If it sounds like a whirlwind it is – especially in a tight 90 minutes with no intermission. Although I must say, transitions at times felt clunky and with some tightening could really propel us into a whirlwind experience. Even still it’s a rollercoaster of a play and Jen Silvermans’ sharp dialogue and projected scene titles help us keep up with the fast-paced nature of the piece. The show culminates on opening night of the devised piece – and well to say more would ruin the surprise of an ending you absolutely have to experience to understand.
The characters in this piece live in a variety of theatrical worlds from farce to realism and Jen Silverman’s wild creation requires a cast of uniformly able performers. Iron Crow Theatre’s cast of Betties doesn’t disappoint with A class performance across the board. As Betty 1, Allyson Boate gives us a tour-de-force performance creating a character that has moments of both bold absurdity and riveting emotional subtlety.
Ann Turiano is a perfectly believable Betty 2 and displays the depths of her abilities in her characters riveting transformation from self fearing to self embracing. The scene-stealing Asia-Ligé Arnold as Betty 3 dishes out an attitude and a strength that I found truly hypnotic. As Betty 4, and one of the most emotionally sincere characters in the piece, Hana Clarice offers a performance rooted in vulnerability and craft. Rena Marie as Betty 5 rounds out the cast with strength and the ability to embody this duality of styles within her gender-non-conforming presentation.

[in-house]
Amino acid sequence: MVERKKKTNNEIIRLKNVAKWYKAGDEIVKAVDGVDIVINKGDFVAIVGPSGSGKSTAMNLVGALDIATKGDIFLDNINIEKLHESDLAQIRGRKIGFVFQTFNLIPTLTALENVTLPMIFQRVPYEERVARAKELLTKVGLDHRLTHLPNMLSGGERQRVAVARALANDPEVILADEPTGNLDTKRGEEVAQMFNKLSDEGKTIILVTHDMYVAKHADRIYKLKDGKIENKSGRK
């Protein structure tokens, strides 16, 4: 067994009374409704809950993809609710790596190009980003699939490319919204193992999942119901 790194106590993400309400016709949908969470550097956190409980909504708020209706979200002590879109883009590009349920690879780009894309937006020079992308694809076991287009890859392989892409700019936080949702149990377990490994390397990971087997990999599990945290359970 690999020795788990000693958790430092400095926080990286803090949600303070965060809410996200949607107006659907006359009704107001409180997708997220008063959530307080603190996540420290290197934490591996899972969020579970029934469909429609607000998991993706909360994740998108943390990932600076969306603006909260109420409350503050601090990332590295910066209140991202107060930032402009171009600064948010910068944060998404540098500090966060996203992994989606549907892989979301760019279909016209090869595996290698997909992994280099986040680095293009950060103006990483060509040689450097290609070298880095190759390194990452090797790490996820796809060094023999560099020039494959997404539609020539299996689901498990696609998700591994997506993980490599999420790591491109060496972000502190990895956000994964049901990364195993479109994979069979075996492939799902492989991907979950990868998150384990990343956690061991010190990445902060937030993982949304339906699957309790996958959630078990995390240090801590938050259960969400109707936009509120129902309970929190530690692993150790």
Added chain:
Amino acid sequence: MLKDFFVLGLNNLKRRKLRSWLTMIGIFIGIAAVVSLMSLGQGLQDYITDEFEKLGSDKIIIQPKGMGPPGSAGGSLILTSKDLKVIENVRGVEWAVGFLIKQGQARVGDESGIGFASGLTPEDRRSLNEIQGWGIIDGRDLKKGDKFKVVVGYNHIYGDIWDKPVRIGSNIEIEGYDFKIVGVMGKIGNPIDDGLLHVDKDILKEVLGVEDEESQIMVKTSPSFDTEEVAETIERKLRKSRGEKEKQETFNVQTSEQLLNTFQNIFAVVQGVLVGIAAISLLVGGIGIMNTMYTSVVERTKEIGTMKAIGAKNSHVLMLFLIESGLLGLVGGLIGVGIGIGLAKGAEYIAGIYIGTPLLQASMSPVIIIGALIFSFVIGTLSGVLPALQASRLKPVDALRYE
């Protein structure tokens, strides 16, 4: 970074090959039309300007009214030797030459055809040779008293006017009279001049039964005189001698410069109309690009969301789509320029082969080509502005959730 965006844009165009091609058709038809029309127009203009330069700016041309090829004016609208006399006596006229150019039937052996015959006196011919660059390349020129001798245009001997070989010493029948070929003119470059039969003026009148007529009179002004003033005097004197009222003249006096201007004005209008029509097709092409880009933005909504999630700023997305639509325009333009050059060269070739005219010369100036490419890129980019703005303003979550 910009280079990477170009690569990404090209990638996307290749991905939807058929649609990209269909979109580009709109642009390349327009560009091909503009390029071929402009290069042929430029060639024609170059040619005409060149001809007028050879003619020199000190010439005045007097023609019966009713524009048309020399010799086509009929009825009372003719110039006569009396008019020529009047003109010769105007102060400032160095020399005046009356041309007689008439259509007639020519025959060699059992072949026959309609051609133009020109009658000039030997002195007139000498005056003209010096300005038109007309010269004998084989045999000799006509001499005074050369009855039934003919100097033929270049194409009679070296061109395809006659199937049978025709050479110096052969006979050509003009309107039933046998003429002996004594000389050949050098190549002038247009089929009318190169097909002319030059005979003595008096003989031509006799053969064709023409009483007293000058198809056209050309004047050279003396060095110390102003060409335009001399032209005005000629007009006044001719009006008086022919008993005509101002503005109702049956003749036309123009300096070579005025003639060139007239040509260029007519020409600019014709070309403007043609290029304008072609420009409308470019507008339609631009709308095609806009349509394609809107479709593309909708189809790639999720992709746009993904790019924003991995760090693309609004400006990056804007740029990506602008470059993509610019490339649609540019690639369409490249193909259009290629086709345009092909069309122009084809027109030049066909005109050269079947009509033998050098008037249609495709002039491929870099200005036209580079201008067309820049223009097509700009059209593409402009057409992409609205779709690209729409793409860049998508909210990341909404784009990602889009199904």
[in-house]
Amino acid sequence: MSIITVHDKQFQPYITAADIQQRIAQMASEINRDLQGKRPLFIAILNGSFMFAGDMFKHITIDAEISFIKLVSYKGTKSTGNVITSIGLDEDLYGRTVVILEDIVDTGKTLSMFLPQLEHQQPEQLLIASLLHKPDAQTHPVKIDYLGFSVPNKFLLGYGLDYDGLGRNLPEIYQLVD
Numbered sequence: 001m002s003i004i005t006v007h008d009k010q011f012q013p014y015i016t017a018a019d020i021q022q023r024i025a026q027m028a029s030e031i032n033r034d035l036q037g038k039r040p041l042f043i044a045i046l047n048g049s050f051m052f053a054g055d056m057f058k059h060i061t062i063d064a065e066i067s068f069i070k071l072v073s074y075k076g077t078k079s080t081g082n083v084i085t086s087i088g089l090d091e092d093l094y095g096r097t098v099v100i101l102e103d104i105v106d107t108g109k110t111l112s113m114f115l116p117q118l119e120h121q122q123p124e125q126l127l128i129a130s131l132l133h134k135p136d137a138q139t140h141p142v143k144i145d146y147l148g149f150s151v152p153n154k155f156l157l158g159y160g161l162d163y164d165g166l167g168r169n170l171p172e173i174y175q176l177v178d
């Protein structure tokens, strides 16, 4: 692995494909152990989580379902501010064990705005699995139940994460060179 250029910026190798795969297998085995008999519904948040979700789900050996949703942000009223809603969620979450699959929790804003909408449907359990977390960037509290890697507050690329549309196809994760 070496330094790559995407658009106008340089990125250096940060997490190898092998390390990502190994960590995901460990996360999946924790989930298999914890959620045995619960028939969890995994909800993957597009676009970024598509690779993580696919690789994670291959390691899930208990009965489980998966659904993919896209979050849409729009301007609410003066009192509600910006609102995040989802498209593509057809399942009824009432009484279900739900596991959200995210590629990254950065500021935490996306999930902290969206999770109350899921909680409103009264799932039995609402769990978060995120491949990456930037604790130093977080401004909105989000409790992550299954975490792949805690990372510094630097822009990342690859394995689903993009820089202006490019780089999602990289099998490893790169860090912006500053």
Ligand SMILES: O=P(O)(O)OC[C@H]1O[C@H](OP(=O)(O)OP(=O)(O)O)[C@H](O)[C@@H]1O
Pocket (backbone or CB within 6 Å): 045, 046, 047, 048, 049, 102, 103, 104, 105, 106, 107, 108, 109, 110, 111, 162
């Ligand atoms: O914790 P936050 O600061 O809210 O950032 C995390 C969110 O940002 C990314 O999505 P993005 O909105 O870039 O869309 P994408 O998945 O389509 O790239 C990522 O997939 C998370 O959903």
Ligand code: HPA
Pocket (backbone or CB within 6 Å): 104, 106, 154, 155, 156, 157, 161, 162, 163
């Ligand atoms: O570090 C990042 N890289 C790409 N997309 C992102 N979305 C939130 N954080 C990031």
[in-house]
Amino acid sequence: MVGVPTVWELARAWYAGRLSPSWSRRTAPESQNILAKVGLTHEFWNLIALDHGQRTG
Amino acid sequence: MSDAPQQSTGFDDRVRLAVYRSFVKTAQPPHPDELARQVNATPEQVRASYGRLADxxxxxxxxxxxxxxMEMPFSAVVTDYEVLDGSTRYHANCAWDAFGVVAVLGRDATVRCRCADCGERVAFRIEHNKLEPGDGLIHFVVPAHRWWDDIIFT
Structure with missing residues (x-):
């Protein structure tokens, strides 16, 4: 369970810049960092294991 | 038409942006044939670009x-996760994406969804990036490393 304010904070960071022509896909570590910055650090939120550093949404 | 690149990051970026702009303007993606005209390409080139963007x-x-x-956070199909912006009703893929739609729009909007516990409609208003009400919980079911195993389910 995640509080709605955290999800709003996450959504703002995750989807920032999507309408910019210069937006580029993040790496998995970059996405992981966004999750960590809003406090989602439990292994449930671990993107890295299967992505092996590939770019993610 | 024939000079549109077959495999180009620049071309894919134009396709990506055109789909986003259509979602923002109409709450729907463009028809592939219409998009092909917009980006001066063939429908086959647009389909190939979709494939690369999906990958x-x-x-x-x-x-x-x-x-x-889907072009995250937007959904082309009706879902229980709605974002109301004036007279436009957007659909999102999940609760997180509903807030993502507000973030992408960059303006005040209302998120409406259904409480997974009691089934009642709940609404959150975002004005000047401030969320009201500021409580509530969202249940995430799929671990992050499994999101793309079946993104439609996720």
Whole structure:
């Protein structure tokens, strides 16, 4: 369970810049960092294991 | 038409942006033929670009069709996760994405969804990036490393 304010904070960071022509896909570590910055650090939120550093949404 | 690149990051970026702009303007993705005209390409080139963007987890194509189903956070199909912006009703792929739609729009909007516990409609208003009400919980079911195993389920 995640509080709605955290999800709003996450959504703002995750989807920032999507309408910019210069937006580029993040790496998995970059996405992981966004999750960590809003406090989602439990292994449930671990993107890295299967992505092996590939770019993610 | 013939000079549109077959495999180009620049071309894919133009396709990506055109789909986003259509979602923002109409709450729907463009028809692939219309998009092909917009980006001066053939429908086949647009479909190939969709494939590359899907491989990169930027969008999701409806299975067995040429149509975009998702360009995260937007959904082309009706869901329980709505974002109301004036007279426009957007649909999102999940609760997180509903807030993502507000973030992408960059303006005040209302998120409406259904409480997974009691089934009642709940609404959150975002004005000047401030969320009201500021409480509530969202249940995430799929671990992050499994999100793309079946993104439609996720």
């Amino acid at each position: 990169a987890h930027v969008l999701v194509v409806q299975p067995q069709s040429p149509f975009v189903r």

The minimalistic set by Megan Suder is well done and serves the piece well as we move from scene to scene and location to location with the drop of a hat. I especially enjoyed the array of string extending from the stage floor to the rafters – a clear visual metaphor for the tight ropes women are forced to walk in modern society. Director Natka Bianchini’s clever use of staircases, cubes, string, toys, tinsel, and blowups offers a visual feast among the deliverance of an empowering and evocative new work. Sound design by Sam Lee is spot on and lighting designer Thomas Gardner takes a canvas of white curtains and turns them into a work of art that was both grounding in time and space and visually beautiful. April Forrer’s costume design is spot on and helps to elevate the production’s design quality to the level expected of the city’s larger regional theatre’s. Everything works and the attention to detail from tattoos to headbands to color schemes (Betty 3’s smart connection to Sephora is certainly not lost) seems to illuminate each of the characters inner lives.
There is something powerful and inspiring on stage at Iron Crow Theatre. Not just a comedy, “Collective Rage” is also a poignant rallying cry for the start of a new cultural order, one where the under represented are able to move beyond their imposed barriers, whatever they may be, and join in solidarity and celebration of individuality. I suppose too, these are things Iron Crow Theatre may be celebrating on the eve of their 10th birthday. Here’s to the 5 Betties and to 10 more years!
Running Time: 90 minutes with no intermission.
Advisory: The play explores mature themes, contains adult language, partial nudity, sexual content and simulated violence and may not be suitable for patrons under the age of 18.
“Collective Rage: A Play in 5 Betties” is playing through September 15, 2019 at Theatre Project, 45 West Preston Street, Baltimore, MD 21201. For tickets, go online.